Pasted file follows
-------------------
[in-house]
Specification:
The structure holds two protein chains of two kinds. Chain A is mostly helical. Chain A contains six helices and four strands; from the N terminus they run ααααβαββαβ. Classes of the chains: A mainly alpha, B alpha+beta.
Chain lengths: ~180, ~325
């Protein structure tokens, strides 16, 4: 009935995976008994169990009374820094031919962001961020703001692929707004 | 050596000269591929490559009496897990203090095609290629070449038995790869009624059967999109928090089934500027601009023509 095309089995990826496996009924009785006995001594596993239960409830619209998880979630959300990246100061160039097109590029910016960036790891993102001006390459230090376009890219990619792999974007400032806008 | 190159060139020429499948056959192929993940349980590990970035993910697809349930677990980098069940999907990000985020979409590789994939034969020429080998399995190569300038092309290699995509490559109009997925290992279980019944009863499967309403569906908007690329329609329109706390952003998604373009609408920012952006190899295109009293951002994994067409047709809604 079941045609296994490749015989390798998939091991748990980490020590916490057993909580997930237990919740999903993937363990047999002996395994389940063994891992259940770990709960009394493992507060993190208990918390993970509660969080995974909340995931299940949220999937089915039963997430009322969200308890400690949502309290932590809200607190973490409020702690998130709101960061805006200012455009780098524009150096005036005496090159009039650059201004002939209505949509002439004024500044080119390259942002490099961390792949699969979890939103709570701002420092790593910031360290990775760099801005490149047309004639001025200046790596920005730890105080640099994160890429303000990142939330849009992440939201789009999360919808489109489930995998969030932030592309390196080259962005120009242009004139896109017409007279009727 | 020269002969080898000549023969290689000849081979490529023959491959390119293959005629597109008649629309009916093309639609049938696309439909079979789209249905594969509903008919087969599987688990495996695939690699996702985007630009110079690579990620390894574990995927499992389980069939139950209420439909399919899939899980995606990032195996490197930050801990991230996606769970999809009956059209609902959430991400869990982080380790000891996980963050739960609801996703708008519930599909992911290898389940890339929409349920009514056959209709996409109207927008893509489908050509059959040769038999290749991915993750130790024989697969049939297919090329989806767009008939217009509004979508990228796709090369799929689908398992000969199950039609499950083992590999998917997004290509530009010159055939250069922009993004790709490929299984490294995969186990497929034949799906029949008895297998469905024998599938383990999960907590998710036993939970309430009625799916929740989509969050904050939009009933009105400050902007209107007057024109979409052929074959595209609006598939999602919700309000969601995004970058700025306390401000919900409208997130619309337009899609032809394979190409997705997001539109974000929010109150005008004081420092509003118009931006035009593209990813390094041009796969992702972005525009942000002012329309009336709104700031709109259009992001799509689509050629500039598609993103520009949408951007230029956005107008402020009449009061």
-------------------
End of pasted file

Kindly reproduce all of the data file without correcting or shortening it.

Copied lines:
[in-house]
Specification:
The structure holds two protein chains of two kinds. Chain A is mostly helical. Chain A contains six helices and four strands; from the N terminus they run ααααβαββαβ. Classes of the chains: A mainly alpha, B alpha+beta.
Chain lengths: ~180, ~325
């Protein structure tokens, strides 16, 4: 009935995976008994169990009374820094031919962001961020703001692929707004 | 050596000269591929490559009496897990203090095609290629070449038995790869009624059967999109928090089934500027601009023509 095309089995990826496996009924009785006995001594596993239960409830619209998880979630959300990246100061160039097109590029910016960036790891993102001006390459230090376009890219990619792999974007400032806008 | 190159060139020429499948056959192929993940349980590990970035993910697809349930677990980098069940999907990000985020979409590789994939034969020429080998399995190569300038092309290699995509490559109009997925290992279980019944009863499967309403569906908007690329329609329109706390952003998604373009609408920012952006190899295109009293951002994994067409047709809604 079941045609296994490749015989390798998939091991748990980490020590916490057993909580997930237990919740999903993937363990047999002996395994389940063994891992259940770990709960009394493992507060993190208990918390993970509660969080995974909340995931299940949220999937089915039963997430009322969200308890400690949502309290932590809200607190973490409020702690998130709101960061805006200012455009780098524009150096005036005496090159009039650059201004002939209505949509002439004024500044080119390259942002490099961390792949699969979890939103709570701002420092790593910031360290990775760099801005490149047309004639001025200046790596920005730890105080640099994160890429303000990142939330849009992440939201789009999360919808489109489930995998969030932030592309390196080259962005120009242009004139896109017409007279009727 | 020269002969080898000549023969290689000849081979490529023959491959390119293959005629597109008649629309009916093309639609049938696309439909079979789209249905594969509903008919087969599987688990495996695939690699996702985007630009110079690579990620390894574990995927499992389980069939139950209420439909399919899939899980995606990032195996490197930050801990991230996606769970999809009956059209609902959430991400869990982080380790000891996980963050739960609801996703708008519930599909992911290898389940890339929409349920009514056959209709996409109207927008893509489908050509059959040769038999290749991915993750130790024989697969049939297919090329989806767009008939217009509004979508990228796709090369799929689908398992000969199950039609499950083992590999998917997004290509530009010159055939250069922009993004790709490929299984490294995969186990497929034949799906029949008895297998469905024998599938383990999960907590998710036993939970309430009625799916929740989509969050904050939009009933009105400050902007209107007057024109979409052929074959595209609006598939999602919700309000969601995004970058700025306390401000919900409208997130619309337009899609032809394979190409997705997001539109974000929010109150005008004081420092509003118009931006035009593209990813390094041009796969992702972005525009942000002012329309009336709104700031709109259009992001799509689509050629500039598609993103520009949408951007230029956005107008402020009449009061």